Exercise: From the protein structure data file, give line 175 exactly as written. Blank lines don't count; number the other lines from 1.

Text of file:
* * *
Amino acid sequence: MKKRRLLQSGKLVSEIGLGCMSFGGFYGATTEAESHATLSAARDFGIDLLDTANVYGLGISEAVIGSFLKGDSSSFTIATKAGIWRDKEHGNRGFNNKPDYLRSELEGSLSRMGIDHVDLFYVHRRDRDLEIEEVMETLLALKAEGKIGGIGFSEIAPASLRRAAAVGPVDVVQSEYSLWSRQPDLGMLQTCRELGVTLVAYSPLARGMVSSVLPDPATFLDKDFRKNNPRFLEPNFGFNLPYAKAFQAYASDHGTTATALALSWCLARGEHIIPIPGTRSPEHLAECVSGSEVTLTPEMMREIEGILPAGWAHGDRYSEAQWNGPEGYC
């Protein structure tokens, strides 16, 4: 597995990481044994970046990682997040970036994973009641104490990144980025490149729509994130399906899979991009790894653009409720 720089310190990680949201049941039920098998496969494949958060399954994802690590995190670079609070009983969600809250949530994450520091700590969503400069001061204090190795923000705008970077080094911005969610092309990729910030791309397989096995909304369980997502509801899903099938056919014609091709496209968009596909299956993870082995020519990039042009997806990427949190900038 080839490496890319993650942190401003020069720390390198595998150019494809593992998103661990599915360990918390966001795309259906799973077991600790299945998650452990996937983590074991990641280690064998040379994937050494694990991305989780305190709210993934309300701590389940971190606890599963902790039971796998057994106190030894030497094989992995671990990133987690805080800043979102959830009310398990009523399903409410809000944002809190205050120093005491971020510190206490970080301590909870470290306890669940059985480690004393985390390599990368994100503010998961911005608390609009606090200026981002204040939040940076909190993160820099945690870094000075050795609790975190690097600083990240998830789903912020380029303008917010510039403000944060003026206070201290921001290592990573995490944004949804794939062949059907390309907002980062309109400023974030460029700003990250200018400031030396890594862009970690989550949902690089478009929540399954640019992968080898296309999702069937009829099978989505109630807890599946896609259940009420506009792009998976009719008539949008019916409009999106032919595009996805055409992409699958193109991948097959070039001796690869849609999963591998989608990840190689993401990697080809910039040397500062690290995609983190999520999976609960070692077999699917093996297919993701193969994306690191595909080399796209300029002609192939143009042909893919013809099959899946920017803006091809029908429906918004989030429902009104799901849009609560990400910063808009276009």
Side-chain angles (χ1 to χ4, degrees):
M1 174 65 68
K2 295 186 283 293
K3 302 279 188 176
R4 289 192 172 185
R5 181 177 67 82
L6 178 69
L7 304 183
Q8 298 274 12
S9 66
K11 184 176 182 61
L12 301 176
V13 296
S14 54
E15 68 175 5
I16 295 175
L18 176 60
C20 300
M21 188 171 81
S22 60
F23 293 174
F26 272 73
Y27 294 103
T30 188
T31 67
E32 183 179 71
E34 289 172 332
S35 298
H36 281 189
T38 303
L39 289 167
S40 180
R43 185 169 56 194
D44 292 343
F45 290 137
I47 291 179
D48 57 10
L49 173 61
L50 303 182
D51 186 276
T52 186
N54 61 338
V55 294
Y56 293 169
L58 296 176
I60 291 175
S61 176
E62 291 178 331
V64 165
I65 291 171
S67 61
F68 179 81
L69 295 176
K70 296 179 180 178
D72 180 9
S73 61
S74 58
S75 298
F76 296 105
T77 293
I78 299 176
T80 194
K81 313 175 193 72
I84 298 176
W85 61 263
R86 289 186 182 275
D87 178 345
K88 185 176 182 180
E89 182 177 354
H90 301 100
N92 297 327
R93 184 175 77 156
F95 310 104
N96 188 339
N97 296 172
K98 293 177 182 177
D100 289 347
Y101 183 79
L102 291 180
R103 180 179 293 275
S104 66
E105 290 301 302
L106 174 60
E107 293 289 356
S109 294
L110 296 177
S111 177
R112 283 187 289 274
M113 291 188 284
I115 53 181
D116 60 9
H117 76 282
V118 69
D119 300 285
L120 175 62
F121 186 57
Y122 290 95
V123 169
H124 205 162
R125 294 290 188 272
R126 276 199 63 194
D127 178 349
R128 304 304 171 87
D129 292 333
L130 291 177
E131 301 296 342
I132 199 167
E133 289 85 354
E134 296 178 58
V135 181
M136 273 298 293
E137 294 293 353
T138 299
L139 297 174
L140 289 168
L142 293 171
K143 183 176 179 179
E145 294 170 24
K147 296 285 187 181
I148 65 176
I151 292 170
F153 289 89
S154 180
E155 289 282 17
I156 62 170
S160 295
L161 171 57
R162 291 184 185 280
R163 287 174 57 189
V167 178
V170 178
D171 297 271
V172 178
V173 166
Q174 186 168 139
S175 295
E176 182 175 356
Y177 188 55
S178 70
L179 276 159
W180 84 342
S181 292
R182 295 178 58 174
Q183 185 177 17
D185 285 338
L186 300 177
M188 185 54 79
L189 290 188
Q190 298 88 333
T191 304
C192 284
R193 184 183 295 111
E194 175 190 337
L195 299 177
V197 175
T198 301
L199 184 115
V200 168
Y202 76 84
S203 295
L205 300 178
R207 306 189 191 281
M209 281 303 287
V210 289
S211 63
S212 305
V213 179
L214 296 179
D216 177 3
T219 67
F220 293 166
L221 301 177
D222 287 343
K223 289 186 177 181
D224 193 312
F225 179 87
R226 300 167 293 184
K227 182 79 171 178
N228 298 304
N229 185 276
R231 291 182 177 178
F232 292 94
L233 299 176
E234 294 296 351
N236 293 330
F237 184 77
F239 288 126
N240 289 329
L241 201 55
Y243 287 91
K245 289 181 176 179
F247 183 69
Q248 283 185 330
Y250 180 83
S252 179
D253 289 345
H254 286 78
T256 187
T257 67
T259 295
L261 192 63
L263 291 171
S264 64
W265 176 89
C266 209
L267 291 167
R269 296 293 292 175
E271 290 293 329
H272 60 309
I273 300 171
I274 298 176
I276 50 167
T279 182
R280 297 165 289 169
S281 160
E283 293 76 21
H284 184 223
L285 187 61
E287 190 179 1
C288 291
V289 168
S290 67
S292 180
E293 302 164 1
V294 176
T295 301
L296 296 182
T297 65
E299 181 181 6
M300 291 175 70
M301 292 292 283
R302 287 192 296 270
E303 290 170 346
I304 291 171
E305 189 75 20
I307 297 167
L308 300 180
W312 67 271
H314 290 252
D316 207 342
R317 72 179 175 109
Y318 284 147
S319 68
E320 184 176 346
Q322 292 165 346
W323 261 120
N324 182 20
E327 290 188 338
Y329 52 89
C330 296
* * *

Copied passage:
D222 287 343